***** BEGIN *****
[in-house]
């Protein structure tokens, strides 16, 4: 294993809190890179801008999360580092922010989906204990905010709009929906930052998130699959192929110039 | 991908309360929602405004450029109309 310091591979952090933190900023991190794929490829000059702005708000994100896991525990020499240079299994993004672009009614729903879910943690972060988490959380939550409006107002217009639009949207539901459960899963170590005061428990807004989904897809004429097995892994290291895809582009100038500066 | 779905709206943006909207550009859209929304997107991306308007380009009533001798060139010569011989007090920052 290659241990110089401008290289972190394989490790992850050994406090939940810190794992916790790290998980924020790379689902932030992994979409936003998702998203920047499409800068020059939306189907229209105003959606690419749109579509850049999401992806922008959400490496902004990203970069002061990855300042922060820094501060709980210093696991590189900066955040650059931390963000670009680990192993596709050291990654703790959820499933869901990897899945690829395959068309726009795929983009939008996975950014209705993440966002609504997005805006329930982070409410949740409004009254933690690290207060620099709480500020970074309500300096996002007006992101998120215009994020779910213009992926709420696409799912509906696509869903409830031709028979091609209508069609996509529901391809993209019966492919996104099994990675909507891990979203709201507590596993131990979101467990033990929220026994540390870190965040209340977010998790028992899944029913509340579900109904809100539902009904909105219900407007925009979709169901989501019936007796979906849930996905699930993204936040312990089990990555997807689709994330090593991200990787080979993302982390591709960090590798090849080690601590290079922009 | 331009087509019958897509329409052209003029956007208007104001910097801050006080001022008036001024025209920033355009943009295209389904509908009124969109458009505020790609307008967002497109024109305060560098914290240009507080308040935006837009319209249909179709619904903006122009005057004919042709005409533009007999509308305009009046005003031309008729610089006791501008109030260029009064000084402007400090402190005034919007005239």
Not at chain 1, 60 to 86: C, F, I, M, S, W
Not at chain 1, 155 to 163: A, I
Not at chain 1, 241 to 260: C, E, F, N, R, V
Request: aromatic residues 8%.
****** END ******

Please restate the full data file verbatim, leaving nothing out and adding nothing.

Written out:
[in-house]
């Protein structure tokens, strides 16, 4: 294993809190890179801008999360580092922010989906204990905010709009929906930052998130699959192929110039 | 991908309360929602405004450029109309 310091591979952090933190900023991190794929490829000059702005708000994100896991525990020499240079299994993004672009009614729903879910943690972060988490959380939550409006107002217009639009949207539901459960899963170590005061428990807004989904897809004429097995892994290291895809582009100038500066 | 779905709206943006909207550009859209929304997107991306308007380009009533001798060139010569011989007090920052 290659241990110089401008290289972190394989490790992850050994406090939940810190794992916790790290998980924020790379689902932030992994979409936003998702998203920047499409800068020059939306189907229209105003959606690419749109579509850049999401992806922008959400490496902004990203970069002061990855300042922060820094501060709980210093696991590189900066955040650059931390963000670009680990192993596709050291990654703790959820499933869901990897899945690829395959068309726009795929983009939008996975950014209705993440966002609504997005805006329930982070409410949740409004009254933690690290207060620099709480500020970074309500300096996002007006992101998120215009994020779910213009992926709420696409799912509906696509869903409830031709028979091609209508069609996509529901391809993209019966492919996104099994990675909507891990979203709201507590596993131990979101467990033990929220026994540390870190965040209340977010998790028992899944029913509340579900109904809100539902009904909105219900407007925009979709169901989501019936007796979906849930996905699930993204936040312990089990990555997807689709994330090593991200990787080979993302982390591709960090590798090849080690601590290079922009 | 331009087509019958897509329409052209003029956007208007104001910097801050006080001022008036001024025209920033355009943009295209389904509908009124969109458009505020790609307008967002497109024109305060560098914290240009507080308040935006837009319209249909179709619904903006122009005057004919042709005409533009007999509308305009009046005003031309008729610089006791501008109030260029009064000084402007400090402190005034919007005239």
Not at chain 1, 60 to 86: C, F, I, M, S, W
Not at chain 1, 155 to 163: A, I
Not at chain 1, 241 to 260: C, E, F, N, R, V
Request: aromatic residues 8%.